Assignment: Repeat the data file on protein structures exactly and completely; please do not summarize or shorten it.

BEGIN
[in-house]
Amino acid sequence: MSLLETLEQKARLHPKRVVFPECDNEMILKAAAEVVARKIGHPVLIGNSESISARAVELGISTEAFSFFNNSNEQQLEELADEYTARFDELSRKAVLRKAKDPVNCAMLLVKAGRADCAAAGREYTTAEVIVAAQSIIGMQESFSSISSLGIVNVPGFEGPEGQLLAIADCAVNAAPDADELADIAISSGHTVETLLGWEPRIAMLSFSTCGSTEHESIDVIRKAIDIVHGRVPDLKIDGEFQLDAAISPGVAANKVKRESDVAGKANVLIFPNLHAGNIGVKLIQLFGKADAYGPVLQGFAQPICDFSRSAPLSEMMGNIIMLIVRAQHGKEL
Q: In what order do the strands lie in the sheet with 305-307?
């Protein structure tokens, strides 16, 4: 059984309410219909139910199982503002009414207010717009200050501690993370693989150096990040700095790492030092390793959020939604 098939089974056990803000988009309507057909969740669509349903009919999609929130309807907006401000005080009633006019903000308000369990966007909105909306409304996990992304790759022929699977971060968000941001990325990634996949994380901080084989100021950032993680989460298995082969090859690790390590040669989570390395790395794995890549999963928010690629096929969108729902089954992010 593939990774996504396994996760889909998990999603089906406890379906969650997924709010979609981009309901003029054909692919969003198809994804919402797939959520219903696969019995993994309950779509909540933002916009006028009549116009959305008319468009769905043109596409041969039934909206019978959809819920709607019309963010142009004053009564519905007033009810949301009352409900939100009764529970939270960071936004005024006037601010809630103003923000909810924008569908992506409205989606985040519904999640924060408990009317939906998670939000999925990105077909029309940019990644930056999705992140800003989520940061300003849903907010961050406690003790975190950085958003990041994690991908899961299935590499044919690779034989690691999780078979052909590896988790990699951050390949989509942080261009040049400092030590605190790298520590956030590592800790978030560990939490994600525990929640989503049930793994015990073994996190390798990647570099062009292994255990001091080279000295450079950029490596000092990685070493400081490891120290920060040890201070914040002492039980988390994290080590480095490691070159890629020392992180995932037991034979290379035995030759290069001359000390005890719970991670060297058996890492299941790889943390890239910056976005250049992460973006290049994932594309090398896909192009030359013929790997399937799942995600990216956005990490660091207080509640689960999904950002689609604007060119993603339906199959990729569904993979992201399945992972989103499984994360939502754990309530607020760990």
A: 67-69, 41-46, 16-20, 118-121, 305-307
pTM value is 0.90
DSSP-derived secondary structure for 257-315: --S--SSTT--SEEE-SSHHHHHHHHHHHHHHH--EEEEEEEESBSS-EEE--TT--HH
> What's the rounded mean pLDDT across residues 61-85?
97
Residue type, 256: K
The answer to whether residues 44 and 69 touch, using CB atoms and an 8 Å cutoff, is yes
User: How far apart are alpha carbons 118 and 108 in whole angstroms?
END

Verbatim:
[in-house]
Amino acid sequence: MSLLETLEQKARLHPKRVVFPECDNEMILKAAAEVVARKIGHPVLIGNSESISARAVELGISTEAFSFFNNSNEQQLEELADEYTARFDELSRKAVLRKAKDPVNCAMLLVKAGRADCAAAGREYTTAEVIVAAQSIIGMQESFSSISSLGIVNVPGFEGPEGQLLAIADCAVNAAPDADELADIAISSGHTVETLLGWEPRIAMLSFSTCGSTEHESIDVIRKAIDIVHGRVPDLKIDGEFQLDAAISPGVAANKVKRESDVAGKANVLIFPNLHAGNIGVKLIQLFGKADAYGPVLQGFAQPICDFSRSAPLSEMMGNIIMLIVRAQHGKEL
Q: In what order do the strands lie in the sheet with 305-307?
């Protein structure tokens, strides 16, 4: 059984309410219909139910199982503002009414207010717009200050501690993370693989150096990040700095790492030092390793959020939604 098939089974056990803000988009309507057909969740669509349903009919999609929130309807907006401000005080009633006019903000308000369990966007909105909306409304996990992304790759022929699977971060968000941001990325990634996949994380901080084989100021950032993680989460298995082969090859690790390590040669989570390395790395794995890549999963928010690629096929969108729902089954992010 593939990774996504396994996760889909998990999603089906406890379906969650997924709010979609981009309901003029054909692919969003198809994804919402797939959520219903696969019995993994309950779509909540933002916009006028009549116009959305008319468009769905043109596409041969039934909206019978959809819920709607019309963010142009004053009564519905007033009810949301009352409900939100009764529970939270960071936004005024006037601010809630103003923000909810924008569908992506409205989606985040519904999640924060408990009317939906998670939000999925990105077909029309940019990644930056999705992140800003989520940061300003849903907010961050406690003790975190950085958003990041994690991908899961299935590499044919690779034989690691999780078979052909590896988790990699951050390949989509942080261009040049400092030590605190790298520590956030590592800790978030560990939490994600525990929640989503049930793994015990073994996190390798990647570099062009292994255990001091080279000295450079950029490596000092990685070493400081490891120290920060040890201070914040002492039980988390994290080590480095490691070159890629020392992180995932037991034979290379035995030759290069001359000390005890719970991670060297058996890492299941790889943390890239910056976005250049992460973006290049994932594309090398896909192009030359013929790997399937799942995600990216956005990490660091207080509640689960999904950002689609604007060119993603339906199959990729569904993979992201399945992972989103499984994360939502754990309530607020760990």
A: 67-69, 41-46, 16-20, 118-121, 305-307
pTM value is 0.90
DSSP-derived secondary structure for 257-315: --S--SSTT--SEEE-SSHHHHHHHHHHHHHHH--EEEEEEEESBSS-EEE--TT--HH
> What's the rounded mean pLDDT across residues 61-85?
97
Residue type, 256: K
The answer to whether residues 44 and 69 touch, using CB atoms and an 8 Å cutoff, is yes
User: How far apart are alpha carbons 118 and 108 in whole angstroms?